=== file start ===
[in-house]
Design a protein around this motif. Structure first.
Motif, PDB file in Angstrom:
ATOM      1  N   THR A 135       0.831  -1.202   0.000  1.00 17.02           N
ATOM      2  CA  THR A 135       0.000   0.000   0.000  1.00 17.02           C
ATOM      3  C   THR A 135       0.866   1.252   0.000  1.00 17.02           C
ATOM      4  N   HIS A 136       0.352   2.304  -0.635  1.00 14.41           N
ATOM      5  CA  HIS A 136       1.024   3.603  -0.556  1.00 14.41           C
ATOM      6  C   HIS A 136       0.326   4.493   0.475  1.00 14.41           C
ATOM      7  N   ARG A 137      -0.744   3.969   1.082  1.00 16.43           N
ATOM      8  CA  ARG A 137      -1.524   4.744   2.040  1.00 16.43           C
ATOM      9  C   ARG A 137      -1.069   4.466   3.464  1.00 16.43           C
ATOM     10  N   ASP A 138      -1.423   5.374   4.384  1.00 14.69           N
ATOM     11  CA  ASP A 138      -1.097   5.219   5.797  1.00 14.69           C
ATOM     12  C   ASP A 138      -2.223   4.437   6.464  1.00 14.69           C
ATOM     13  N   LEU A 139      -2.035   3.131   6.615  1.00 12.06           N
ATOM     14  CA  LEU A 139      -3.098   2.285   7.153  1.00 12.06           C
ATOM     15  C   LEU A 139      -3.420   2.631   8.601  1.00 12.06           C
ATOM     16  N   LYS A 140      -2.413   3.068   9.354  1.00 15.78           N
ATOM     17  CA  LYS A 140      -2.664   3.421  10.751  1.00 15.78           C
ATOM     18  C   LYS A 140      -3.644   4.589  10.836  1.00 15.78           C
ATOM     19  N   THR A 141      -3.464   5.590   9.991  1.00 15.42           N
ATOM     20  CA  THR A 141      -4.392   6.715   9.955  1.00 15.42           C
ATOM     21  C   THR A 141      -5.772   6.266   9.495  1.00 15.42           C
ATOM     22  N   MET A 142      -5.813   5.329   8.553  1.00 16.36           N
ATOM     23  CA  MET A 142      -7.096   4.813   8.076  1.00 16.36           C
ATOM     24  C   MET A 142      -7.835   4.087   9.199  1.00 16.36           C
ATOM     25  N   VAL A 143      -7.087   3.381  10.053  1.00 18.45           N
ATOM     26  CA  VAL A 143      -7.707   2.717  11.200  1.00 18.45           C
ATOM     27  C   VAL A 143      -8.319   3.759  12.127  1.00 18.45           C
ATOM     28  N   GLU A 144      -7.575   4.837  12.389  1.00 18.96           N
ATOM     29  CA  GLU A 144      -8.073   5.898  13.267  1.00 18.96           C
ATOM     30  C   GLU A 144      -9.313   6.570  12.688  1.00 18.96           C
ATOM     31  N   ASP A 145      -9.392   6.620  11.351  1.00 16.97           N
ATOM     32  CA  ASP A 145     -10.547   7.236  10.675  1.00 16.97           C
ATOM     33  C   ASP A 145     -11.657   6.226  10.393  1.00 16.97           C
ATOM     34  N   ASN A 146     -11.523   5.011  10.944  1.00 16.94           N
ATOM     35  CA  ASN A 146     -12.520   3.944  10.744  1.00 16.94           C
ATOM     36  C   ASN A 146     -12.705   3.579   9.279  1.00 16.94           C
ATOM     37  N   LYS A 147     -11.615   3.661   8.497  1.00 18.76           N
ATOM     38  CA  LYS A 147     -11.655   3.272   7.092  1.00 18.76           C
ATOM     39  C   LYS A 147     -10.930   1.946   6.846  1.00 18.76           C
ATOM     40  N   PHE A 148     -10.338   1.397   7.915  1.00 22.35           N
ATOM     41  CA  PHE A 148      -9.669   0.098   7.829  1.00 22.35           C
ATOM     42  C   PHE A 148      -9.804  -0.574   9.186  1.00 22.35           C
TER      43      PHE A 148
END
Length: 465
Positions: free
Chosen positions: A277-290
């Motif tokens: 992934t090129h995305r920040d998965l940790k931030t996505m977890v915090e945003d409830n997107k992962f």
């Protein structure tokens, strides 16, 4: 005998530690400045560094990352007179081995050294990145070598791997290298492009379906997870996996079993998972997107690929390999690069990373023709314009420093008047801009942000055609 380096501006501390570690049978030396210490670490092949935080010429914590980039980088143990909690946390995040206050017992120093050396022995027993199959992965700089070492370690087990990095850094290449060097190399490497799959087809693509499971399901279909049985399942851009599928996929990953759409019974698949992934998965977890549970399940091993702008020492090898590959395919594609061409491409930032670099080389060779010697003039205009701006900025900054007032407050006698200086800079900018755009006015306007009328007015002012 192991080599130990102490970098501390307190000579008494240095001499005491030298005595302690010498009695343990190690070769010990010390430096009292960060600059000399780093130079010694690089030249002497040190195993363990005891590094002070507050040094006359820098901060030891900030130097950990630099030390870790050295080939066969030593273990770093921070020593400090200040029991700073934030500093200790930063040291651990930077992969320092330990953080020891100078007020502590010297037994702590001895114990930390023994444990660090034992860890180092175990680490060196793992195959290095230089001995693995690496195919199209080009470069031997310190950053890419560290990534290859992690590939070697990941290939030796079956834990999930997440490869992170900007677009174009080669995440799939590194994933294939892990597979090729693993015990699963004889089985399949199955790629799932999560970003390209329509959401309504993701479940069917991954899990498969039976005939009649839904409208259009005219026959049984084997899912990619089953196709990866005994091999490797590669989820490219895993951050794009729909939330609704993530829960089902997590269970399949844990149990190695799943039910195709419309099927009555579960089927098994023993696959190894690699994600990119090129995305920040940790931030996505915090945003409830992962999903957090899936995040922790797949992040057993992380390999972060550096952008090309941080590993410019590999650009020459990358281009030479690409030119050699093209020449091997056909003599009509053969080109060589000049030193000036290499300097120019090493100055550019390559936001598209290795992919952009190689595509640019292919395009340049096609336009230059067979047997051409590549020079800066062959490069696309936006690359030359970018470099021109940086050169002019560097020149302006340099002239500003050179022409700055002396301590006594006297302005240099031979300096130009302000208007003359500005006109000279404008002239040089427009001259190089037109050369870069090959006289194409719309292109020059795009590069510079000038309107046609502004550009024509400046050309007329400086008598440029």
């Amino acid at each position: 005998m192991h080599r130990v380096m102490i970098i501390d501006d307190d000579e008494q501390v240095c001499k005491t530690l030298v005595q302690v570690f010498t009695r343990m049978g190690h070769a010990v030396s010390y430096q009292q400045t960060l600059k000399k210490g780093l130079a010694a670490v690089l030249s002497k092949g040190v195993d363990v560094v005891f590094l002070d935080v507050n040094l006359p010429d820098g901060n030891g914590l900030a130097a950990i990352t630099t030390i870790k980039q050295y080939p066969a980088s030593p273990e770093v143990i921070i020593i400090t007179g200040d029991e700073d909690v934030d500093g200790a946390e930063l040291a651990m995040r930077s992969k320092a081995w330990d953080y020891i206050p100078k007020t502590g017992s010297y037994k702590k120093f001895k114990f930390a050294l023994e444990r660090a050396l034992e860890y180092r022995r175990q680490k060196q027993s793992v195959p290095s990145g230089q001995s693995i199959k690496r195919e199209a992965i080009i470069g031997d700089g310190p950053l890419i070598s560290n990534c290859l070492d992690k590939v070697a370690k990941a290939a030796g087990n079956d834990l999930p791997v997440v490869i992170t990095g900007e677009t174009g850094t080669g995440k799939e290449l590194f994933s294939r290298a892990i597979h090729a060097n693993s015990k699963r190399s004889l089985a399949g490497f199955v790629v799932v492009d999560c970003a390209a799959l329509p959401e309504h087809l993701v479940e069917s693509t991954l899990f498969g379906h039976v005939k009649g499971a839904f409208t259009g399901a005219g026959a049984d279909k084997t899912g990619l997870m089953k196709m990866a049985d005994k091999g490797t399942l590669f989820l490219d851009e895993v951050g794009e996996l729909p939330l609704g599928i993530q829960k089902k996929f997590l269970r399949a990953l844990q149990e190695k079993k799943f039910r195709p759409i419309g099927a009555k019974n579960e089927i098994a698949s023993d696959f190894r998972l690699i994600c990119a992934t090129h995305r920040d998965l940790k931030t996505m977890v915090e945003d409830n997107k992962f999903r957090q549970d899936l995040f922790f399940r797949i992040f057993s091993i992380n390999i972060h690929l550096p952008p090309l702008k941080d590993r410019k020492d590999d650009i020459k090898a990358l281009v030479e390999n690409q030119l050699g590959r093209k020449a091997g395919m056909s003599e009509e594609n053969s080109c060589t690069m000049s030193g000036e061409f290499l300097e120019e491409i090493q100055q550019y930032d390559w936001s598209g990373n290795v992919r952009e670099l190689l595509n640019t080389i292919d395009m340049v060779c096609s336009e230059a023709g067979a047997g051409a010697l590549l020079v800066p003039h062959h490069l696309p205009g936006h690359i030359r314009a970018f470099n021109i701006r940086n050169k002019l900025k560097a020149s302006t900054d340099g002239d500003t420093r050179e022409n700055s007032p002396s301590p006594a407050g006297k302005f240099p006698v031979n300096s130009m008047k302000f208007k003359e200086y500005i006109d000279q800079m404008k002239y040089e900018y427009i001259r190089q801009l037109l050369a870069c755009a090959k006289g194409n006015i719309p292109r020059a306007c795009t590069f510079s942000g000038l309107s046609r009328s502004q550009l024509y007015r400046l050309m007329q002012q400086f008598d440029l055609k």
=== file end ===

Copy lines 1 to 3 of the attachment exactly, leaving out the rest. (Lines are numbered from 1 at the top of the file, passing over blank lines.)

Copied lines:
[in-house]
Design a protein around this motif. Structure first.
Motif, PDB file in Angstrom: